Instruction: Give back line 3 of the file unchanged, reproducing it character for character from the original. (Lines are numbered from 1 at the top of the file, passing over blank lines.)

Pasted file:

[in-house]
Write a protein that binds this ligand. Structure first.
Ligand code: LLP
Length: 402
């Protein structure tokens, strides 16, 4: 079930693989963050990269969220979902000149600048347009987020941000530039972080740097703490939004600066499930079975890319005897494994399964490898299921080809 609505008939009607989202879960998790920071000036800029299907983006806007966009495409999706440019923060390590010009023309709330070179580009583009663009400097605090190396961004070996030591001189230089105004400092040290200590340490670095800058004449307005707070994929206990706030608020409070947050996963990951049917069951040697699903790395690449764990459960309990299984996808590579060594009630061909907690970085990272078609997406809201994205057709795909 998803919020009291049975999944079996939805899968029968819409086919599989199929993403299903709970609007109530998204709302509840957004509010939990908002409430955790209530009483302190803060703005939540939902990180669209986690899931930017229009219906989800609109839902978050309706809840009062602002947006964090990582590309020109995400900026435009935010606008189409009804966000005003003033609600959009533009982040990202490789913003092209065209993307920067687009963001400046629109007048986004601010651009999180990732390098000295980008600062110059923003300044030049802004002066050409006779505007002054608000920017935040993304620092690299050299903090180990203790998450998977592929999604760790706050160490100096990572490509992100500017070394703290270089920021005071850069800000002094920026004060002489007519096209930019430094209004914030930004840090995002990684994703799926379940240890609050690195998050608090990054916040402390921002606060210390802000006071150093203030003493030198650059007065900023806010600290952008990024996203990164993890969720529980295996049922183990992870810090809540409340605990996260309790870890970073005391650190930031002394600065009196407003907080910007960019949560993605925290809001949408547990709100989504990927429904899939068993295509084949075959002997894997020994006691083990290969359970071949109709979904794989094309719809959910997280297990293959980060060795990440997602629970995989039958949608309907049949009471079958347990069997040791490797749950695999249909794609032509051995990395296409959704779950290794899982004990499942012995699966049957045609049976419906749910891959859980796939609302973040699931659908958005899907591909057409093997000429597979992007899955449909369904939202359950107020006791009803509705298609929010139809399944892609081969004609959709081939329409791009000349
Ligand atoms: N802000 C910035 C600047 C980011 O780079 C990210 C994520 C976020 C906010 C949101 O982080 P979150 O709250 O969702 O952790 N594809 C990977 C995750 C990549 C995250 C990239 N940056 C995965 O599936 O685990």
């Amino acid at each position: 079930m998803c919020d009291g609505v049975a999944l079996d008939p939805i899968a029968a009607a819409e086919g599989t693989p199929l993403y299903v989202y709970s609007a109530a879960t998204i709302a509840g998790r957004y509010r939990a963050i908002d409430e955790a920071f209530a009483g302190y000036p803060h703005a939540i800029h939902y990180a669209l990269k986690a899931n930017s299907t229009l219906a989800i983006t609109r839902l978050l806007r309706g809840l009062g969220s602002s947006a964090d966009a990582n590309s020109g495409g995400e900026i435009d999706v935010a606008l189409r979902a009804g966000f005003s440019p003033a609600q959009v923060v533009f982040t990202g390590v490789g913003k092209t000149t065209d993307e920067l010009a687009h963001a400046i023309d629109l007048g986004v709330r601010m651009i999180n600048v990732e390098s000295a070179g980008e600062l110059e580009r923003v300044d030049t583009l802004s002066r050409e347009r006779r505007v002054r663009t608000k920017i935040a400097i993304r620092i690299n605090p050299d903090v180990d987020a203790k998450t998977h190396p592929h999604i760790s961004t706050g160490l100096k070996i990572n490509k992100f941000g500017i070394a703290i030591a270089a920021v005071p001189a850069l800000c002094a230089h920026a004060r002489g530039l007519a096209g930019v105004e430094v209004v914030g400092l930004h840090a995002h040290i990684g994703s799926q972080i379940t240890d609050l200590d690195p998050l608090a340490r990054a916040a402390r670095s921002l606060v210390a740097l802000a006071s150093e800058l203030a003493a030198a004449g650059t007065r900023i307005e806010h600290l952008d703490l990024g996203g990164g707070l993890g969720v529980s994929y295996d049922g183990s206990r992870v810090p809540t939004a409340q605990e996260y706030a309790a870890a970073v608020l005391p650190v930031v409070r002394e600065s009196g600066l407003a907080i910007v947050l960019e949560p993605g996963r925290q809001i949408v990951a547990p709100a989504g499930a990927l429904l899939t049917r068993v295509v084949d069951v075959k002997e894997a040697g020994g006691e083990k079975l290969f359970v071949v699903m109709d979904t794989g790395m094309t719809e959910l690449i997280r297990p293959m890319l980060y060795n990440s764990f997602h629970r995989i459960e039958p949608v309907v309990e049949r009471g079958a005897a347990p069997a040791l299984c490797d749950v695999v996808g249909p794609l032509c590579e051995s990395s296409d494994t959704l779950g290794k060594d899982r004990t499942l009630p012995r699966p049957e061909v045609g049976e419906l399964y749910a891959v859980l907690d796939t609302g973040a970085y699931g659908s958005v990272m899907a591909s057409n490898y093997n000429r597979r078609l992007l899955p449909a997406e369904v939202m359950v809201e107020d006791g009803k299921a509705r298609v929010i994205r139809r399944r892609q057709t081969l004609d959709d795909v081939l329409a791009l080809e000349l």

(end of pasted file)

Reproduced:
Ligand code: LLP